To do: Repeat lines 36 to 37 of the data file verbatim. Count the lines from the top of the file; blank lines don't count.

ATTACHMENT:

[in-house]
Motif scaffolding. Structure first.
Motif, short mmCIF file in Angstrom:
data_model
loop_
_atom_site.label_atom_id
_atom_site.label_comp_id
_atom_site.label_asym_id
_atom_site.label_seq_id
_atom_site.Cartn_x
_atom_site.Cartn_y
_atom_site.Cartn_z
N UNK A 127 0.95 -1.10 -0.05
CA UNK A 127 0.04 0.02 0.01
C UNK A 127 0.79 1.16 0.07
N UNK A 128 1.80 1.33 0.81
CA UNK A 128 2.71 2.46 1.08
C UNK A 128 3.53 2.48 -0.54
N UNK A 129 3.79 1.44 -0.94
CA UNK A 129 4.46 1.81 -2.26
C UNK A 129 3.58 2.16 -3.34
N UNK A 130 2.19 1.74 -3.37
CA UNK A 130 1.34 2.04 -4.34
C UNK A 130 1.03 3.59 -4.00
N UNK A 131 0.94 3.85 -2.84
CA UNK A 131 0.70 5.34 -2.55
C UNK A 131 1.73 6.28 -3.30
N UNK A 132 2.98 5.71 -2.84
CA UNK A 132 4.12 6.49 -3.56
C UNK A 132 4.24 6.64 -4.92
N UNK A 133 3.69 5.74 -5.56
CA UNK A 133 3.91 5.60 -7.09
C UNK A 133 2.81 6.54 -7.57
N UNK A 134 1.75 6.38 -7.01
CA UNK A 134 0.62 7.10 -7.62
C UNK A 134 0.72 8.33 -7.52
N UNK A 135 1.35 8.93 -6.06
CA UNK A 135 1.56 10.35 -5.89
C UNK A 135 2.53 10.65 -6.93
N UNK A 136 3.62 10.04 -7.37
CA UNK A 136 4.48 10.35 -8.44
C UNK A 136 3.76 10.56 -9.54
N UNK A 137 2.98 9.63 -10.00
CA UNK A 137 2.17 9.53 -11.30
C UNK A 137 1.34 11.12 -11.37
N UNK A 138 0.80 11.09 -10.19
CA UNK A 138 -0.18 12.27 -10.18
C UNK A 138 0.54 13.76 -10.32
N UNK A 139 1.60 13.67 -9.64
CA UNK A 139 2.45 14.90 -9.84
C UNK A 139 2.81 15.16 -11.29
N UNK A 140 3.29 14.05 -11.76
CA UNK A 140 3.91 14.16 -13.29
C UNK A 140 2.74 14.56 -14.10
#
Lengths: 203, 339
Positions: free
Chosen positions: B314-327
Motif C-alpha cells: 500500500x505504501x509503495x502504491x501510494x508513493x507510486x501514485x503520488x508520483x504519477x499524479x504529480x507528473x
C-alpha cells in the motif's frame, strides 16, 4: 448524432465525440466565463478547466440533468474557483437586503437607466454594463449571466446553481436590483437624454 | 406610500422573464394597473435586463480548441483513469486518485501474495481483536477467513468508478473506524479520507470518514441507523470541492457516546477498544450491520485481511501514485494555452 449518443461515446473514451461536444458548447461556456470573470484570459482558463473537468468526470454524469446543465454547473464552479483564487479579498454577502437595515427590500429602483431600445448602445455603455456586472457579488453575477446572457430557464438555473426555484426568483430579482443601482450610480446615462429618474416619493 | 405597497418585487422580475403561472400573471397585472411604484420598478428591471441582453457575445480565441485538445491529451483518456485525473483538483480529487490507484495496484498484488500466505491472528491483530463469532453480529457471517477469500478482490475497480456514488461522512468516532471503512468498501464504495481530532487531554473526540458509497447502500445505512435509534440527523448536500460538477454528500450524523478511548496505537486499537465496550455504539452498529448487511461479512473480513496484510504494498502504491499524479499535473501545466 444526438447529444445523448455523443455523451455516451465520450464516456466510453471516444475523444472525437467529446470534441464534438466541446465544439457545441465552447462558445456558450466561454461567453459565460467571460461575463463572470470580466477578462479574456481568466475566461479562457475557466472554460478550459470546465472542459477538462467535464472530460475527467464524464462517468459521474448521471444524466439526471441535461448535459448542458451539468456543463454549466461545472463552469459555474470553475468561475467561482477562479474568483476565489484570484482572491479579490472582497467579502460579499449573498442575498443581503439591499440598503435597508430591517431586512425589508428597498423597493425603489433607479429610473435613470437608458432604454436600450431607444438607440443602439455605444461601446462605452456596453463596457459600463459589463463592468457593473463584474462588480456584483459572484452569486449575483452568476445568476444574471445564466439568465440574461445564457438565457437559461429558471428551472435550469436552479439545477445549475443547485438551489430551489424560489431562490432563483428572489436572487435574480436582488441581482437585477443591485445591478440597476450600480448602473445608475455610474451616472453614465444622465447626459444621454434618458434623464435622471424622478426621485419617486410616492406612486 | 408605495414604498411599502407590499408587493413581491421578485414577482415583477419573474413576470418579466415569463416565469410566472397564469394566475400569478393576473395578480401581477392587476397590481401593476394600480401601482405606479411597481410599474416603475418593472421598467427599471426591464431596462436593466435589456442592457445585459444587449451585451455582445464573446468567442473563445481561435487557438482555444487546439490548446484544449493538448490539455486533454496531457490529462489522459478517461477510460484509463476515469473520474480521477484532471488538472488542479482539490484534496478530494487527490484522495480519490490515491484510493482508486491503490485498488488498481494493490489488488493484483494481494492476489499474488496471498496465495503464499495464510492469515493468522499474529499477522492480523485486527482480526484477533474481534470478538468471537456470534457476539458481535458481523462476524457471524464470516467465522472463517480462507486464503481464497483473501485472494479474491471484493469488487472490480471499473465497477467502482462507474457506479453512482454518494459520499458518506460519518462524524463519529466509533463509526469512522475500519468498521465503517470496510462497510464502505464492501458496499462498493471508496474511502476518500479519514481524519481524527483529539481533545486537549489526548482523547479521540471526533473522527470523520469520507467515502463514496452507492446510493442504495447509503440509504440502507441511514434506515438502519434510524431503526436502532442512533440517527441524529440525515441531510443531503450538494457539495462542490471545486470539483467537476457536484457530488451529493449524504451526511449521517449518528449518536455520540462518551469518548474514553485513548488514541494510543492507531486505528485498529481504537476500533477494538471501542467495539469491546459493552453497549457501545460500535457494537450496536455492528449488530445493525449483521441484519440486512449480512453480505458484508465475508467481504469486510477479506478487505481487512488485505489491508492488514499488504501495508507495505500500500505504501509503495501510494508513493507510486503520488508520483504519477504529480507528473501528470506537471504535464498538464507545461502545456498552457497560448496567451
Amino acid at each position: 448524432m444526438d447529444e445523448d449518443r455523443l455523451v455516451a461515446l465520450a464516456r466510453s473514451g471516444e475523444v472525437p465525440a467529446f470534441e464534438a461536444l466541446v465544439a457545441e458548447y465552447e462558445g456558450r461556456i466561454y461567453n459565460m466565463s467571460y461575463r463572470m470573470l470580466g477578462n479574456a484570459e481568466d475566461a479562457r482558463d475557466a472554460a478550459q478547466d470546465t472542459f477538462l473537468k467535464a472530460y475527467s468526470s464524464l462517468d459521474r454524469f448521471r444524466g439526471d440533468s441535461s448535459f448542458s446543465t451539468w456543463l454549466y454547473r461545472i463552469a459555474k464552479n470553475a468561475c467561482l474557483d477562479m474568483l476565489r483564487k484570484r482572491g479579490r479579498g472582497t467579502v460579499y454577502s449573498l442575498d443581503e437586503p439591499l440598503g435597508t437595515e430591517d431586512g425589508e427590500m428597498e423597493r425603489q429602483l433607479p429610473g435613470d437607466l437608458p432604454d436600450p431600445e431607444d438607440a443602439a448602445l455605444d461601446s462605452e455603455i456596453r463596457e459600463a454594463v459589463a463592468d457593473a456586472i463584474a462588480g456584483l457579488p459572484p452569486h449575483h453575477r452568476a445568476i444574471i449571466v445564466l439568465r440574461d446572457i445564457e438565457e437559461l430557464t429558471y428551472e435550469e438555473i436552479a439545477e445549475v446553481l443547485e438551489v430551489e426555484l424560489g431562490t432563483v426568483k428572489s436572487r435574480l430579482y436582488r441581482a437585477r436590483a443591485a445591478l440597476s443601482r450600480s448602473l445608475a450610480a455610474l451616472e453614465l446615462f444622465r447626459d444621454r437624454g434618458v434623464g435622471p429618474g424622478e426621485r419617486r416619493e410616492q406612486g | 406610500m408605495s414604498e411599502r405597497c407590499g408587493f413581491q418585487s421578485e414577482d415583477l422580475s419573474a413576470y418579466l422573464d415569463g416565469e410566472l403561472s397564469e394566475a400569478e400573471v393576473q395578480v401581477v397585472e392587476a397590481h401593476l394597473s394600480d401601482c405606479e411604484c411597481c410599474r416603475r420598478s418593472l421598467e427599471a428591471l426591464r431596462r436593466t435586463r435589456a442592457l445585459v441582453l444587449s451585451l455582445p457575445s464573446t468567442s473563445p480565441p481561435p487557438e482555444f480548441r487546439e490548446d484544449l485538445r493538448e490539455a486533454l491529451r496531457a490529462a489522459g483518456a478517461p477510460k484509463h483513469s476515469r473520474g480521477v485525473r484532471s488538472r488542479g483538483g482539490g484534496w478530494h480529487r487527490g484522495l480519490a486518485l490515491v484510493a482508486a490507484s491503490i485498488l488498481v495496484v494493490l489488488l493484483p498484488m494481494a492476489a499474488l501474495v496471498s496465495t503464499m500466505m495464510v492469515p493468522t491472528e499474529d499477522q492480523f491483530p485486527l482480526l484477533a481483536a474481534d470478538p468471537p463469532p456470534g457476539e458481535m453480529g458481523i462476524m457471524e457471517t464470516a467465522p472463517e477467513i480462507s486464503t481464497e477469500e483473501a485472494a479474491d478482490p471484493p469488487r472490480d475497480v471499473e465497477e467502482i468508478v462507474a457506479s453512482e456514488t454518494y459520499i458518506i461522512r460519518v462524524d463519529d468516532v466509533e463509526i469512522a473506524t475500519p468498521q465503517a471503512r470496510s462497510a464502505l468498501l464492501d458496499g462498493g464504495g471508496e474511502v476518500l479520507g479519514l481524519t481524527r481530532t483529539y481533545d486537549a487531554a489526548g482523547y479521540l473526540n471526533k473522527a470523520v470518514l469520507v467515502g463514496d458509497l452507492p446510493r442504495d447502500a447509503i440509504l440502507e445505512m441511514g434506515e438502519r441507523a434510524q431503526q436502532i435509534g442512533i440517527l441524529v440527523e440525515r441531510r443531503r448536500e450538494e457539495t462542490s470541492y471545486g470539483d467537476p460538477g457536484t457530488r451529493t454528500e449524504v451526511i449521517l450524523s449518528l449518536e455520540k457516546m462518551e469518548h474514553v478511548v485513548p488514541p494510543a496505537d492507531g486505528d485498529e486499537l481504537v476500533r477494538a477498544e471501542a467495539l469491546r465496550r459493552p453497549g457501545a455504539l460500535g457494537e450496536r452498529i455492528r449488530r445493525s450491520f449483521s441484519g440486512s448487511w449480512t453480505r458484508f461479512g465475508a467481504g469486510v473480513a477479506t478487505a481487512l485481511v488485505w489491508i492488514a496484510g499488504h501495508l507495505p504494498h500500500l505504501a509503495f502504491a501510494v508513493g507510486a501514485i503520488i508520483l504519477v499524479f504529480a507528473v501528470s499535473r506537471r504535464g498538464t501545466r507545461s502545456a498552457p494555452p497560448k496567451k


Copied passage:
C UNK A 134 0.72 8.33 -7.52
N UNK A 135 1.35 8.93 -6.06